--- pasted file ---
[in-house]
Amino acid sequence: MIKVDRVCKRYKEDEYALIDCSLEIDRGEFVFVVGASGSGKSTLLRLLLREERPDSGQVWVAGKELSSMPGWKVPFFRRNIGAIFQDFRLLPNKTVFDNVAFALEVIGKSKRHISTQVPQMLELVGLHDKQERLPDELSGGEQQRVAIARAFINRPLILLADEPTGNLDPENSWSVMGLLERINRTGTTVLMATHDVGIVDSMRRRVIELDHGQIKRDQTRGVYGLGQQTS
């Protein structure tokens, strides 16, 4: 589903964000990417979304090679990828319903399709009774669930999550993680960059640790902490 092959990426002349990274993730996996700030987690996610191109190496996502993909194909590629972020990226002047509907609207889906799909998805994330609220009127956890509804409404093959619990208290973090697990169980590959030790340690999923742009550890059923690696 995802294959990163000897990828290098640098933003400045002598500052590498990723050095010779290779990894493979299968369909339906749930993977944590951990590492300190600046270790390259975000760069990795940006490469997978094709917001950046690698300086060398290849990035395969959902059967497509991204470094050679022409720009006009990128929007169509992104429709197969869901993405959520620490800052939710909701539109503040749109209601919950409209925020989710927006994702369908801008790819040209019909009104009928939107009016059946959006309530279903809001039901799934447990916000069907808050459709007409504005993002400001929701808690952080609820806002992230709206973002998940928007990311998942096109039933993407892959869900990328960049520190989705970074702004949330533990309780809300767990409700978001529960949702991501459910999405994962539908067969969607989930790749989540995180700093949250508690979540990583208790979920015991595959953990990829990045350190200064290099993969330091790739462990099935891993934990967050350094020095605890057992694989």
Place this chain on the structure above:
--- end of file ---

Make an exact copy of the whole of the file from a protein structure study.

[in-house]
Amino acid sequence: MIKVDRVCKRYKEDEYALIDCSLEIDRGEFVFVVGASGSGKSTLLRLLLREERPDSGQVWVAGKELSSMPGWKVPFFRRNIGAIFQDFRLLPNKTVFDNVAFALEVIGKSKRHISTQVPQMLELVGLHDKQERLPDELSGGEQQRVAIARAFINRPLILLADEPTGNLDPENSWSVMGLLERINRTGTTVLMATHDVGIVDSMRRRVIELDHGQIKRDQTRGVYGLGQQTS
């Protein structure tokens, strides 16, 4: 589903964000990417979304090679990828319903399709009774669930999550993680960059640790902490 092959990426002349990274993730996996700030987690996610191109190496996502993909194909590629972020990226002047509907609207889906799909998805994330609220009127956890509804409404093959619990208290973090697990169980590959030790340690999923742009550890059923690696 995802294959990163000897990828290098640098933003400045002598500052590498990723050095010779290779990894493979299968369909339906749930993977944590951990590492300190600046270790390259975000760069990795940006490469997978094709917001950046690698300086060398290849990035395969959902059967497509991204470094050679022409720009006009990128929007169509992104429709197969869901993405959520620490800052939710909701539109503040749109209601919950409209925020989710927006994702369908801008790819040209019909009104009928939107009016059946959006309530279903809001039901799934447990916000069907808050459709007409504005993002400001929701808690952080609820806002992230709206973002998940928007990311998942096109039933993407892959869900990328960049520190989705970074702004949330533990309780809300767990409700978001529960949702991501459910999405994962539908067969969607989930790749989540995180700093949250508690979540990583208790979920015991595959953990990829990045350190200064290099993969330091790739462990099935891993934990967050350094020095605890057992694989």
Place this chain on the structure above: